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Table of Contents
ORIGINAL ARTICLE
Year : 2022  |  Volume : 11  |  Issue : 1  |  Page : 21-25

Effect of axillary perineural dexmedetomidine on hemodynamic changes and postoperative pain in patients undergoing upper limb surgery under general anesthesia: A randomized double-blind study


1 Department of Anesthesiology, Kashan University of Medical Sciences, Kashan, Iran
2 Social Determinants of Health Research Center, Kashan University of Medical Sciences, Kashan, Iran
3 Trauma Research Center, Kashan University of Medical Sciences, Kashan, Iran

Date of Submission22-Feb-2022
Date of Decision12-Mar-2022
Date of Acceptance13-Mar-2022
Date of Web Publication31-Jul-2022

Correspondence Address:
Mehrdad Mahdian
Trauma Research Center, Kashan University of Medical Sciences, Kashan
Iran
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Source of Support: None, Conflict of Interest: None


DOI: 10.4103/atr.atr_11_22

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  Abstract 


Background and Objectives: Perineural dexmedetomidine as an adjuvant of local anesthetics has been used in regional anesthesia to prolong the duration of analgesia. This study aimed to assess the effects of perineural injection of dexmedetomidine alone on the duration of postoperative analgesia, narcotic consumption, and hemodynamic changes in the patients undergoing upper limb surgery under general anesthesia. Methods: Sixty patients undergoing upper limb surgery were randomly allocated into two equal groups. The intervention group received 100 μg dexmedetomidine/20 ml normal saline (NS) as perineural axillary brachial plexus injection, whereas the control group received 20 ml NS injection. Patients were compared for hemodynamic changes, postoperative pain through Visual Analog Scale, consumed narcotics and side effects. Results: The postoperative analgesia in the dexmedetomidine group was significantly longer than the control one. The amount of opioid administered in the control group was significantly more than that amount used in the intervention group. Mean arterial pressure (MAP) and heart rate (HR), in parallel, in the intervention group at 15, 30, 45, and 60 min after induction of anesthesia were significantly decreased in the intervention group than the control group. No dramatic drop in MAP and HR was observed. No significant complication also was reported. Conclusions: Perineural axillary brachial plexus injection of 100 μg dexmedetomidine/20 ml NS prolonged postoperative analgesia and reduced narcotic consumption in patients undergoing upper limb surgery under general anesthesia without noticeable side effects.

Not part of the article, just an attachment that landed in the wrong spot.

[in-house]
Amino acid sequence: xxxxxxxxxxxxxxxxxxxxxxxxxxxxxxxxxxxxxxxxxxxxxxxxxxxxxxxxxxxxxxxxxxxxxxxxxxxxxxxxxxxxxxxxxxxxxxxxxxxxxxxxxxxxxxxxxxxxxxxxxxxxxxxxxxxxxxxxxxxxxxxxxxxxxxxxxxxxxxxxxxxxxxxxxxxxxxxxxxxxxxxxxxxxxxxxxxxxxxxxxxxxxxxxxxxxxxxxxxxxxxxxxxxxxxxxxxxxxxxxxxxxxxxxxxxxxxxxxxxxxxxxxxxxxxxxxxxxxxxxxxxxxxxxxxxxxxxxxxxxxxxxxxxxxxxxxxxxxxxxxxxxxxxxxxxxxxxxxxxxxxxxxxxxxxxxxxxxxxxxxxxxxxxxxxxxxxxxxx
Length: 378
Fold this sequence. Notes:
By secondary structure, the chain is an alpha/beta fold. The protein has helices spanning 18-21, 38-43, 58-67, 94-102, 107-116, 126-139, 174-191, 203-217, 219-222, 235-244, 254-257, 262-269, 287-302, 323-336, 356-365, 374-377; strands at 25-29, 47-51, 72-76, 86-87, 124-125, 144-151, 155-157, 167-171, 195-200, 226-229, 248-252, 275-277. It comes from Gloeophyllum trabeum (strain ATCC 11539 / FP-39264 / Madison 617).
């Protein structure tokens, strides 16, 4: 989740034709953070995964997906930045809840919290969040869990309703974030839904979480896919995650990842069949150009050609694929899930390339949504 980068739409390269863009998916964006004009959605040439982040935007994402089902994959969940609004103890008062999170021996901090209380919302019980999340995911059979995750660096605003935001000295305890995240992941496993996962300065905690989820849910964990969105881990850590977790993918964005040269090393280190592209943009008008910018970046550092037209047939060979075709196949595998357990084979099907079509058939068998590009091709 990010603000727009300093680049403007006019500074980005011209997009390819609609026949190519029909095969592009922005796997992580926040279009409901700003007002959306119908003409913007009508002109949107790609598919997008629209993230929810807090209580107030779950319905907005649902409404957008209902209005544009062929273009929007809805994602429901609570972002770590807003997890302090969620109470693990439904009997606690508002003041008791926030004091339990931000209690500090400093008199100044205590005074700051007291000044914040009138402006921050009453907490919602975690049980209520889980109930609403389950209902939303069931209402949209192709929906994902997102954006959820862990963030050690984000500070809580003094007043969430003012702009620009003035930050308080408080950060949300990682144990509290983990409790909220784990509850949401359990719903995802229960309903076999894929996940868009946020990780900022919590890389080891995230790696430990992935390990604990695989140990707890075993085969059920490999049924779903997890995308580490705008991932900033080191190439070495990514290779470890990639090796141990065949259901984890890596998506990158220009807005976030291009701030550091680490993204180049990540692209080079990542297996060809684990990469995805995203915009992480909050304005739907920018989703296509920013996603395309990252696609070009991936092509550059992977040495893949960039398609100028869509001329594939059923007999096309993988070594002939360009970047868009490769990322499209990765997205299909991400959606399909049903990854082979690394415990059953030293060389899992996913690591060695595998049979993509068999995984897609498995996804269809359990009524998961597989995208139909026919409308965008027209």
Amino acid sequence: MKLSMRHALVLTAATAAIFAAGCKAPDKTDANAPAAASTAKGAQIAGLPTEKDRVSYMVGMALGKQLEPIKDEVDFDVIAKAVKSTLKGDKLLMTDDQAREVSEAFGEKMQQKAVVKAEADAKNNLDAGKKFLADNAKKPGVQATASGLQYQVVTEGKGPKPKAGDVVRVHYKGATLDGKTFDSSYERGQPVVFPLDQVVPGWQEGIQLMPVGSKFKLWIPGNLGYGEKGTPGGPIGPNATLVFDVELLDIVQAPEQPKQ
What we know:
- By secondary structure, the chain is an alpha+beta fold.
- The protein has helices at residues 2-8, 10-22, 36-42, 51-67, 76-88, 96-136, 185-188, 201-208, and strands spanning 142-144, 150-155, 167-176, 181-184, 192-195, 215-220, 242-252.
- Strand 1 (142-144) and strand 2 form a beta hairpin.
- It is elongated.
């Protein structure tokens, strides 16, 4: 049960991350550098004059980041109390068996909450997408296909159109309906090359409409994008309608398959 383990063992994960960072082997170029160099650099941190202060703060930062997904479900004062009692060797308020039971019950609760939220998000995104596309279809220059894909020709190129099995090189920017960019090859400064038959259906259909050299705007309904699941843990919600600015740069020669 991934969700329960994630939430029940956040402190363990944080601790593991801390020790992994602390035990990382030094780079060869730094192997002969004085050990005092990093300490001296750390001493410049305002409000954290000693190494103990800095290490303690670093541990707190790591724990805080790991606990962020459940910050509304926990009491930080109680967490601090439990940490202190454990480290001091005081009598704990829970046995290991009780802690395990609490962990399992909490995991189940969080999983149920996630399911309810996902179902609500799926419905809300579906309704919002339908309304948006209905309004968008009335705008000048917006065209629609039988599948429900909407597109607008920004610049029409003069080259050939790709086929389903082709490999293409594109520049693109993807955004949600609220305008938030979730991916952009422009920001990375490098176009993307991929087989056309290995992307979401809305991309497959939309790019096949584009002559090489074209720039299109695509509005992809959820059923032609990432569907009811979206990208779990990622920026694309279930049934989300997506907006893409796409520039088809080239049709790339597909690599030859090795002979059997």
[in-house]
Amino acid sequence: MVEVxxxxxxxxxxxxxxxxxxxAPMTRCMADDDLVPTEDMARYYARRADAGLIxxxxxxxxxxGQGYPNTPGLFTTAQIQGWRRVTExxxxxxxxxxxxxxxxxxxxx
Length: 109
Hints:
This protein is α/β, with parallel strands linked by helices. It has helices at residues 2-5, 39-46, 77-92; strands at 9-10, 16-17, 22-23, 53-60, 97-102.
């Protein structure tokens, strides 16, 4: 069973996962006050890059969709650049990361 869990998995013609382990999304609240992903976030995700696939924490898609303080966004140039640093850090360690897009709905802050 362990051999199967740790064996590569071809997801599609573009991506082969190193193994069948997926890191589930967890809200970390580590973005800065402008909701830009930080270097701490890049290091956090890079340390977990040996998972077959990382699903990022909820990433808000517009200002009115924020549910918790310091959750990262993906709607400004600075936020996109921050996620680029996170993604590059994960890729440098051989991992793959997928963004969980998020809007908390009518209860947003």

Keywords: Analgesia, brachial plexus, dexmedetomidine, upper extremity, Visual Analog Scale


How to cite this article:
Razavizadeh MR, Rajabi M, Arshia A, Akbari H, Mahdian M. Effect of axillary perineural dexmedetomidine on hemodynamic changes and postoperative pain in patients undergoing upper limb surgery under general anesthesia: A randomized double-blind study. Arch Trauma Res 2022;11:21-5

How to cite this URL:
Razavizadeh MR, Rajabi M, Arshia A, Akbari H, Mahdian M. Effect of axillary perineural dexmedetomidine on hemodynamic changes and postoperative pain in patients undergoing upper limb surgery under general anesthesia: A randomized double-blind study. Arch Trauma Res [serial online] 2022 [cited 2022 Dec 1];11:21-5. Available from: https://www.archtrauma.com/text.asp?2022/11/1/21/353052




  Introduction Top